The "Pope's Hospital" turns 150

It began with four girls admitted to a small dispensary in an alley in Rome and 150 years later the "Bambino Gesù" hospital, known as the "Pope's hospital" when donated to Pio XI, is one of the most avant-garde pediatric centers and solidarity of the world.

The "Bambino Gesù" pediatric hospital celebrated its 150th birthday today with a ceremony attended by the president of the Italian Republic, Sergio Mattarella and the Vatican secretary of state, Cardinal Pietro Parolin, among other authorities.

"The future is a story of children", is the motto that this medical center has chosen for the celebrations that remember its official inauguration on March 19, 1869.

The Duchess Arabella Salviati, surprised that the children of the city had to share spaces with the elderly in hospitals, cultivated the idea of ​​creating a center in Rome similar to the Hôpital des Enfants Malades in Paris.

And the first collaborator of the project is just her little daughter who, excited about the idea, donates the piggy bank with her savings, which is now kept in a hospital showcase as a reminder of the symbolic gesture of a "child for other children".

On March 19, 1869, four girls entered a small dispensary in Calle delle Zoccolette where two doctors and some sisters of the Daughters of Charity of San Vincenzo de Paoli worked.

They put the name "Child Jesus", as expressly granted by Pope Pius IX, who wrote about the document preserved in the hospital's historical archive: "God bless good thought, consolidate it and perfect it".

The Bambino Gesù hospital is historically the first Italian pediatric hospital, because only 12 years later the Children's Hospital of Cremona will be inaugurated (1881)

In Rome, everyone knows the "Bambino Gesù" as the "hospital of the Pope" because in 1924 the Salviati family, given the growth in size and the service offered by the hospital and to ensure a stable future, donates the center to Pope Pius XI.

In 1887 he moved from the initial headquarters to the hill of Gianicolo, in a part of the old convent of Sant'Onofrio, and where the clinic's headquarters are currently located.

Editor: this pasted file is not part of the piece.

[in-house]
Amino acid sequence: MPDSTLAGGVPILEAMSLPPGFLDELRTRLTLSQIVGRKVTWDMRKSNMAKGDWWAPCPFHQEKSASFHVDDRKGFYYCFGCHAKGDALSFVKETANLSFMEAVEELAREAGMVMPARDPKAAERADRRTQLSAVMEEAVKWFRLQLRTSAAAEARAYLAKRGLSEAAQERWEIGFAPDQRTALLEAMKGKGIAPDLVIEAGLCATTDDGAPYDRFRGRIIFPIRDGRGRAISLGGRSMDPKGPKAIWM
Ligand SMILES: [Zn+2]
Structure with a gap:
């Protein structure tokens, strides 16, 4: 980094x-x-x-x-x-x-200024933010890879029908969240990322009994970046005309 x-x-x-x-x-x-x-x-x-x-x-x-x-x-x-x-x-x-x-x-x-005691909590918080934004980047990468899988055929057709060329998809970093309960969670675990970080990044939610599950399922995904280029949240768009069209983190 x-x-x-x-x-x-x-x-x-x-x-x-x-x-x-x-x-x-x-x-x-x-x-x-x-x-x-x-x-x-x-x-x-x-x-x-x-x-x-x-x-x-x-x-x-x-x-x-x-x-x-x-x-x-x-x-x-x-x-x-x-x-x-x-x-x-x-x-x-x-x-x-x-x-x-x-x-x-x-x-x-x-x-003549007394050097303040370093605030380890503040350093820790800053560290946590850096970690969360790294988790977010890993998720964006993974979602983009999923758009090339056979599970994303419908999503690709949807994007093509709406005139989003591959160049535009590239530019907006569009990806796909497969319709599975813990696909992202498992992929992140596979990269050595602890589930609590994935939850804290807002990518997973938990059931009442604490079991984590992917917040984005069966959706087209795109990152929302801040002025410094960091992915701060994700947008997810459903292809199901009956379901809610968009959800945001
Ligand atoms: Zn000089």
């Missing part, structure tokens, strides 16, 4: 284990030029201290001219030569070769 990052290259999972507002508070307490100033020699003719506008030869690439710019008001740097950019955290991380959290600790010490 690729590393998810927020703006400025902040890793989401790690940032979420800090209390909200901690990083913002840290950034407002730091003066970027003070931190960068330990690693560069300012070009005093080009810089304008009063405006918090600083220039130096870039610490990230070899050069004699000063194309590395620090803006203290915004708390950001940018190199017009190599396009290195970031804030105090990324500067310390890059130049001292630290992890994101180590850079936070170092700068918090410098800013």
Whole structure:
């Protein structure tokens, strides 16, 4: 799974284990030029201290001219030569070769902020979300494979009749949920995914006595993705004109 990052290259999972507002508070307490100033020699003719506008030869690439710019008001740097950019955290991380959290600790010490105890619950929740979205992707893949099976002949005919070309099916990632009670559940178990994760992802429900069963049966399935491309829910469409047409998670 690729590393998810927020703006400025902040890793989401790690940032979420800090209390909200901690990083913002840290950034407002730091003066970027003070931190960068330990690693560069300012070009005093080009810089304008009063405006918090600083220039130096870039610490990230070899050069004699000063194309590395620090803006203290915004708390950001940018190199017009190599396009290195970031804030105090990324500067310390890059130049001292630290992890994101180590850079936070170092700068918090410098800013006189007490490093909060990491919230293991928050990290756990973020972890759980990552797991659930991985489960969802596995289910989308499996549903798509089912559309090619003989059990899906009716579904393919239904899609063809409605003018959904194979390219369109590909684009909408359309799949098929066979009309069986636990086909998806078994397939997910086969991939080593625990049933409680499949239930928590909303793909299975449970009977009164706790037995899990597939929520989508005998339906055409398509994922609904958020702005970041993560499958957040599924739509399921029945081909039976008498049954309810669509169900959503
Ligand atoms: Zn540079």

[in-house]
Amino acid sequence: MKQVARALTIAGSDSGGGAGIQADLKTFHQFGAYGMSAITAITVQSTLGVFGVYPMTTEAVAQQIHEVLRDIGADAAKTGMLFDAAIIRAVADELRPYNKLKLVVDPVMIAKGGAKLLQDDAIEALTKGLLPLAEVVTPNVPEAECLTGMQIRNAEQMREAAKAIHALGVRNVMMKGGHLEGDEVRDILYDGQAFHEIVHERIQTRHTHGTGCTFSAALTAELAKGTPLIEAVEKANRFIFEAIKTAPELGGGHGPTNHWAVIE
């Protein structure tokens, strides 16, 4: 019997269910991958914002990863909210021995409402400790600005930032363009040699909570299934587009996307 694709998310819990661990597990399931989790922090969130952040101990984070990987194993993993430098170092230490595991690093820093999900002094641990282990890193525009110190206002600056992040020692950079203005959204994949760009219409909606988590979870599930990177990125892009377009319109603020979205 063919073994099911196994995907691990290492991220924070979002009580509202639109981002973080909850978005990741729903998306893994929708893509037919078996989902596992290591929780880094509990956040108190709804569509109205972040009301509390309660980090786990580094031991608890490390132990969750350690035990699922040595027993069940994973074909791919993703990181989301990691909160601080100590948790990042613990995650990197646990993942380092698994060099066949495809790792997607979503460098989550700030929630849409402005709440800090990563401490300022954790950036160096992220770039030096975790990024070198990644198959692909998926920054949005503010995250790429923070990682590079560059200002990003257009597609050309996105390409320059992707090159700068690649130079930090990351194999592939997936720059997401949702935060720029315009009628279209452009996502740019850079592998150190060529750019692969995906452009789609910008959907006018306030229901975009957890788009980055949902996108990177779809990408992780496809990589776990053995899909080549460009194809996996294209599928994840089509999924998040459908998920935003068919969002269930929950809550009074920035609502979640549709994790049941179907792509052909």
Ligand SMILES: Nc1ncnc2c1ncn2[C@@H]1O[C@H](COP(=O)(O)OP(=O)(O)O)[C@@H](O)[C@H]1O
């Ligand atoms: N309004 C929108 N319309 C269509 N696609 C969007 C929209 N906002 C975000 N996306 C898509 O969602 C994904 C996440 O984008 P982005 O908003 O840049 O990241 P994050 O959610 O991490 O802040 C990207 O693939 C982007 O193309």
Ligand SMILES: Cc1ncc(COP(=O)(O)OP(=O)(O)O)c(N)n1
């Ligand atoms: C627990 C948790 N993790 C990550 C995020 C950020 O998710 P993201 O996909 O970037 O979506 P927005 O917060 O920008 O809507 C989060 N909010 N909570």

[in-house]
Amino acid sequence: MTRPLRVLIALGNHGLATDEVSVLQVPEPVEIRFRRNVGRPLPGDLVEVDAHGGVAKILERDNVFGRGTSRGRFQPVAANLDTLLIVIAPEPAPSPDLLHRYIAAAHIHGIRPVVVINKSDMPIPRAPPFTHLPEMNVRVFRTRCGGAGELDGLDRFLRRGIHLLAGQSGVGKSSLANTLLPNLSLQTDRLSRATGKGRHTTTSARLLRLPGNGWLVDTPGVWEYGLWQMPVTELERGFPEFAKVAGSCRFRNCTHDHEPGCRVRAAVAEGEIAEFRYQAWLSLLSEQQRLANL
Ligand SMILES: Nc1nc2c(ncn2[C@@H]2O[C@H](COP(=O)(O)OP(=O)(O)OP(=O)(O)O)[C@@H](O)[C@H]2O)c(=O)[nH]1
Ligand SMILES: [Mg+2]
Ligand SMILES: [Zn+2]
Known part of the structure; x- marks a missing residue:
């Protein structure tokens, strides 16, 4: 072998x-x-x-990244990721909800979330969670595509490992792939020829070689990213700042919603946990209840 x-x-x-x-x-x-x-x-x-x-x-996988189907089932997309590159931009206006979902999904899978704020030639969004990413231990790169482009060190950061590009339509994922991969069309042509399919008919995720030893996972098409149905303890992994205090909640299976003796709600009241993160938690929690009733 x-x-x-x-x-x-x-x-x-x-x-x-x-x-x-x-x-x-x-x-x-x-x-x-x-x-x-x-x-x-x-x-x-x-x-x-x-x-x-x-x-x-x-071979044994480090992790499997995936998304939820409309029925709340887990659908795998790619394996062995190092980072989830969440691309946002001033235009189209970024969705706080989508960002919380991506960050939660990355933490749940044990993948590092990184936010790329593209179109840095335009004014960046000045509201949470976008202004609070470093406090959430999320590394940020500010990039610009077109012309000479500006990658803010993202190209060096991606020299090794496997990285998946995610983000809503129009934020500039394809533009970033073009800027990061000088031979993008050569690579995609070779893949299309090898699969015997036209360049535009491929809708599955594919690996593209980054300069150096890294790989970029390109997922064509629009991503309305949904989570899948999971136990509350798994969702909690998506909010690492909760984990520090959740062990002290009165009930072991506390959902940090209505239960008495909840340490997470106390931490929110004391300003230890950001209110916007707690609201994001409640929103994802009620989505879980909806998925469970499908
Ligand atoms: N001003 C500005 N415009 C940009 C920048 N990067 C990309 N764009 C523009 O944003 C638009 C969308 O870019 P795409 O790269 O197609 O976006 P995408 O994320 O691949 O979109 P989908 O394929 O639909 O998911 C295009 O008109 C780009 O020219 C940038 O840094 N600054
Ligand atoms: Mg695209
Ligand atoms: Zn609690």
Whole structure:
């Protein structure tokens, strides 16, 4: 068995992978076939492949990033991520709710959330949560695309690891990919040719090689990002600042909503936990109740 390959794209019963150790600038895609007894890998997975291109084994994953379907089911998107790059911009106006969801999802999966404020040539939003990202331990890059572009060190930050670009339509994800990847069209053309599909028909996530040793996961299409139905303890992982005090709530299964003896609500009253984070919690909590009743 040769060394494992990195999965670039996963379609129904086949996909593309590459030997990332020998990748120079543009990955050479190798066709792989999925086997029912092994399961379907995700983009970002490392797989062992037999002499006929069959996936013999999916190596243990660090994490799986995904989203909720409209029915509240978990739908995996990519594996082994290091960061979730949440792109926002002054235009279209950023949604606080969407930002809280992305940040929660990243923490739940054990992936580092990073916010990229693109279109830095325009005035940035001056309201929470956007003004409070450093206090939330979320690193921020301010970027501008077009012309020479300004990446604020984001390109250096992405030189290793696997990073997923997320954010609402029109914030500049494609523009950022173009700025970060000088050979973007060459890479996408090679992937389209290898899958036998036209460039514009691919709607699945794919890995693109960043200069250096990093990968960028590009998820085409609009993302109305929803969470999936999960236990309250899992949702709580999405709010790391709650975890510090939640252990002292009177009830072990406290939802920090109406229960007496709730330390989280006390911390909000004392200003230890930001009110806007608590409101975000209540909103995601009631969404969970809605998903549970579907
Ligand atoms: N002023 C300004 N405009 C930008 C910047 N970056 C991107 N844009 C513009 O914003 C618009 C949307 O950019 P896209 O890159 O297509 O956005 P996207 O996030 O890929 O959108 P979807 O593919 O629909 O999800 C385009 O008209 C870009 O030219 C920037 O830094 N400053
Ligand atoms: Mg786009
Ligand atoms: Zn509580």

Beginning with Pope John XXIII in 1958, all the popes have visited the hospital and in 1978, Paul VI donated a large area to the hospital in Palidoro, on the Roman coast, with three pavilions and that in a few years became a center for avant-garde surgical medical assistance.

The center is able to respond to all the needs of transplantation in the pediatric age: heart, bone marrow, cornea, liver, kidney.

321 total transplants have been performed in the last year alone.

In addition, the hospital is headquartered in Italy with "Orphanet", the world's largest database of rare diseases to which 39 states belong and serves more than 13,000 patients each year.

In addition, he has identified 16 rare diseases that were not yet diagnosed.

Rare diseases such as those of the four girls admitted 150 years ago affected by "chlorosis", a form of anemia and iron deficiency caused by malnutrition and that thanks to research today has disappeared.

As Cardinal Parolin recalled today in his speech, one of the most important aspects of this hospital is its cooperation projects. He assured that they will continue to take care of sick children without distinction of races, religions and in countries where this possibility does not exist.

The hospital is also present in assistance and cooperation projects in Cambodia, the Central African Republic, Jordan, Syria, India, Tanzania, Georgia, Russia, China and Ethiopia.

Cristina Cabrejas


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